In a more complex treatment, a Houston shopping center with a rustic wood façade located in a master-planned community was updated using exterior insulating finish system materials. This architectural building system uses malleable foam components that are covered with colored plaster, giving buildings a modern, highly sculpted look without adding the weight concerns that other structural systems might create. The center now enjoys high occupancy in a very competitive market.

Lighting. Bright lighting helps a center appear open and alive in the evening. It increases customers’ sense of safety and is one of the most noticeable property upgrades. Recent studies have confirmed that raising light levels increases evening sales at centers. Many new super grocery stores including Kroger, Albertson’s and Randalls are demanding illumination in the 12 foot-candle to 15 foot-candle range, well above the standard six foot-candle to nine foot-candle range. High-pressure sodium light fixtures continue to be popular for retrofits because of their longer life and higher per-watt output over metal halide fixtures.

Security. Security concerns are a critical component of any neighborhood or community center revitalization. Shoppers will not patronize a center — regardless of its location or merchants — if they fear for their safety. The revitalization of any center should incorporate a complete safety and security review of the center and its security programs, including a review by the owner’s legal counsel.

Parking. When expanding a center with pad sites or additional in-line tenants, evaluate parking requirements for potential reconfiguration. Many older centers have oversized parking spaces. By restriping the lot with some compact spaces or resizing all spaces to meet current industry standards, additional spaces may be acquired from the existing space.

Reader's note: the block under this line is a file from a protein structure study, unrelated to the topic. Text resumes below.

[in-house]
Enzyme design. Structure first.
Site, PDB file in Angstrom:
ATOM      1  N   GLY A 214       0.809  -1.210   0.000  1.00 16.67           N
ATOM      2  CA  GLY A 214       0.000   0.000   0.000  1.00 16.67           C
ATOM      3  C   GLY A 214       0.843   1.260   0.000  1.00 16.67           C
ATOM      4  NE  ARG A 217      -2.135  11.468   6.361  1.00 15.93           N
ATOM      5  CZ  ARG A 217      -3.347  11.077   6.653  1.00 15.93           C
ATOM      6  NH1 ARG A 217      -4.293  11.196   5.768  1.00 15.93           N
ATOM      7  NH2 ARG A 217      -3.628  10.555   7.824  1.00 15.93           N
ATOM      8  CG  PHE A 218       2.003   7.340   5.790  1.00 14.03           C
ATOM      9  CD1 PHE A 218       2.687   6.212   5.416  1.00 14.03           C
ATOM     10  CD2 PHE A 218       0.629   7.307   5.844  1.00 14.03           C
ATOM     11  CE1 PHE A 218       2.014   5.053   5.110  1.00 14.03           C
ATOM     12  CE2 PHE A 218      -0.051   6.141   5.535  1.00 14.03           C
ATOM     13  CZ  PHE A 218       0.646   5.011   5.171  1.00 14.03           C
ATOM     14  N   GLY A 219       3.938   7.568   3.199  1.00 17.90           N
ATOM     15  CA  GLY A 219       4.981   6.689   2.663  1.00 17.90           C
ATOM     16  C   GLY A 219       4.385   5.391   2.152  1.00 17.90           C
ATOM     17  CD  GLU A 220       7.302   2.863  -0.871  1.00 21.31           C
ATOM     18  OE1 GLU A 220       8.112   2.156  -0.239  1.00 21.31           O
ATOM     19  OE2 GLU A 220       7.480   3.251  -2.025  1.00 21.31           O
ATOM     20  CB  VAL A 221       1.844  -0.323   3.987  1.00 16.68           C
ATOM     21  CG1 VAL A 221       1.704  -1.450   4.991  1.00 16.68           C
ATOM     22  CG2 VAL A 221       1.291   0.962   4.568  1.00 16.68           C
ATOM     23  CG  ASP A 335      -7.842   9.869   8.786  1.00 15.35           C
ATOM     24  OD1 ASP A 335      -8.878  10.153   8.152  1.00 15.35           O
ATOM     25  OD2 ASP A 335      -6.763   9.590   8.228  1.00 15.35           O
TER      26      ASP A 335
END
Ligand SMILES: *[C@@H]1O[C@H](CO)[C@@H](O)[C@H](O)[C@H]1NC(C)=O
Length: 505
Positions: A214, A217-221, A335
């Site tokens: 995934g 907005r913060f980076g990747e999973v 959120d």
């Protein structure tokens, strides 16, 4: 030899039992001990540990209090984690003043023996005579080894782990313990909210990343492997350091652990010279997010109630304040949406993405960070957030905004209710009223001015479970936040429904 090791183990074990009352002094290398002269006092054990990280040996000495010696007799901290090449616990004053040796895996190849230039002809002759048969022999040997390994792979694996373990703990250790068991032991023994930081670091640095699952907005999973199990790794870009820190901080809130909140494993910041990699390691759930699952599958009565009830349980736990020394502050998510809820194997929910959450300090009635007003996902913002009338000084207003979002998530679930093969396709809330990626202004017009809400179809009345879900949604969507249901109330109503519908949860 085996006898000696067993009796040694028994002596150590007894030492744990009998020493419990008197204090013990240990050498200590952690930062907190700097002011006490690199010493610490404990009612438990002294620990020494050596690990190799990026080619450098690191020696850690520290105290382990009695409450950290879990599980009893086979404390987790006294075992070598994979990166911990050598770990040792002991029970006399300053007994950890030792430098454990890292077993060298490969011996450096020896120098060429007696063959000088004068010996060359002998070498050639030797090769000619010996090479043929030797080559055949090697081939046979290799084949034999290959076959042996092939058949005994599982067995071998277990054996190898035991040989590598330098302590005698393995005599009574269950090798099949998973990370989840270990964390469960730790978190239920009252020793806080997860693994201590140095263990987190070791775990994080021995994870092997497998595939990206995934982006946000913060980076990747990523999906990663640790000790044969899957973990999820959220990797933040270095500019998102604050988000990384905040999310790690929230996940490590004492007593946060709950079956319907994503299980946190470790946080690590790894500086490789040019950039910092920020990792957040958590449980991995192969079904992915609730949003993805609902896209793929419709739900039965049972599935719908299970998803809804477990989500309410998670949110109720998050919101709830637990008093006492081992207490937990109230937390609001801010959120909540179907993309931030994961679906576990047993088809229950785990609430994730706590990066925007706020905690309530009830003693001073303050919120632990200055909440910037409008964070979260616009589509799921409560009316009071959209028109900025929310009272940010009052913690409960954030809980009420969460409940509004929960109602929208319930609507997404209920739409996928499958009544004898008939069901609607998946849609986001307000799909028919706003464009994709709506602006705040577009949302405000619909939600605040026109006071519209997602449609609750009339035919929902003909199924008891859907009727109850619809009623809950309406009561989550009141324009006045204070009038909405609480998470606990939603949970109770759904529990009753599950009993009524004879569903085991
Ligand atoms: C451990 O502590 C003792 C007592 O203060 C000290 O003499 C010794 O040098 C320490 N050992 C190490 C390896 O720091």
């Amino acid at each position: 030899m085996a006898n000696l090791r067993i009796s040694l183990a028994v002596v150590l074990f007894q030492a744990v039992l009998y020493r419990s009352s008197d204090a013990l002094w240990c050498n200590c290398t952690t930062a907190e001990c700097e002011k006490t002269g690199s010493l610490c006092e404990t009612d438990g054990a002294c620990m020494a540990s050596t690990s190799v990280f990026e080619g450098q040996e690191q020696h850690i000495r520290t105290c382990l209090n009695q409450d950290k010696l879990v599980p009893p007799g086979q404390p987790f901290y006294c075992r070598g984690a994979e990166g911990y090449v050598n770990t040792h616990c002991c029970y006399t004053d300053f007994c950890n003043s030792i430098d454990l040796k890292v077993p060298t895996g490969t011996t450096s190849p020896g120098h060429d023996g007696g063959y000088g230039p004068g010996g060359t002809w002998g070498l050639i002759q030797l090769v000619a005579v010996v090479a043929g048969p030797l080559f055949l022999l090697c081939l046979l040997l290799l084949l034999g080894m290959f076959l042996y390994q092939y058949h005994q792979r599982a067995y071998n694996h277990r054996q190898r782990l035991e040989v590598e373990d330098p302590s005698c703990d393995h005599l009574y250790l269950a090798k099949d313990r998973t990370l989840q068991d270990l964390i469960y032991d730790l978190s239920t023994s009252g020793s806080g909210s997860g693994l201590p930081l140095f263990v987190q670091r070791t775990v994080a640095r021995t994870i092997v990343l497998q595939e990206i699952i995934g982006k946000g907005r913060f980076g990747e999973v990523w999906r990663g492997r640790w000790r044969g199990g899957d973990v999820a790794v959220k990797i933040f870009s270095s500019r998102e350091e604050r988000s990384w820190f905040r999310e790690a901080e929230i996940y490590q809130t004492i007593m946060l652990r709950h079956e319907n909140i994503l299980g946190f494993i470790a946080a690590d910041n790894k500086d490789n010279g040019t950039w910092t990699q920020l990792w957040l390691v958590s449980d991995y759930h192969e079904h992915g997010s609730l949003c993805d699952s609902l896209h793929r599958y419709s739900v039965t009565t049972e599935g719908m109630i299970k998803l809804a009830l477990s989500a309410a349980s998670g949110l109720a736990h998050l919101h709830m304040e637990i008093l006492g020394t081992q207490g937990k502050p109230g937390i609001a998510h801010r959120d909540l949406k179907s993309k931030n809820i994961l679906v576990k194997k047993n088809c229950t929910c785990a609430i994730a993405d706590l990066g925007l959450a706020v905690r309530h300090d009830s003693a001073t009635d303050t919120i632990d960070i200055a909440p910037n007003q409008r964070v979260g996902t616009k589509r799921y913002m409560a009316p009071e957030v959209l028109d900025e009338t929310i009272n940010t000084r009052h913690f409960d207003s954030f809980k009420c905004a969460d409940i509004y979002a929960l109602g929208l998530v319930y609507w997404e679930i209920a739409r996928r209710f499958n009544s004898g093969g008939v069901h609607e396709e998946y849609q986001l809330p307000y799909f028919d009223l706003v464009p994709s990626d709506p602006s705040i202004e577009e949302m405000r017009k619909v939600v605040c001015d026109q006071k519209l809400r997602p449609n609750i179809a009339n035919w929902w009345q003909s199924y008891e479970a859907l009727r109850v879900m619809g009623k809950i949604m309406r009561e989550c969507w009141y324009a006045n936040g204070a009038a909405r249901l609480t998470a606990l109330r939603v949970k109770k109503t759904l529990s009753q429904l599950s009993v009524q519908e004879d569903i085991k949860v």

Along with increased parking, improved ingress/egress can help a center. A Walgreens center in Phoenix added a deacceleration and turn lane, and sales picked up as a direct result.

Signage. A renovated center without new tenant signs is a job half-done. Good signage creates sales, and the type, style, size, and layout will set the tone for the revitalized center. Stick with easy-to-read, simple, eye-catching graphics. Landlords should consider financing the cost of new signs for small tenants.

Be aware that master-planned communities often have specific requirements concerning signs. To dispel excessive negotiations with tenants over color, specific designs, and the use of corporate logos, sign criteria always should focus on the quality of the sign.

Operational Standards. Merchants appreciate being in a well-maintained shopping center with high curb appeal. This usually translates into higher traffic and sales. Improve maintenance procedures such as sweeping the center more often, keeping vacant spaces ready to show, cleaning sidewalks and windows, and reducing flier bins and vending machines, which create trash.

Managers also should implement hours of operation so customers can count on tenants being open at a certain time. Likewise, loiterers can create uneasiness for shoppers and should be discouraged.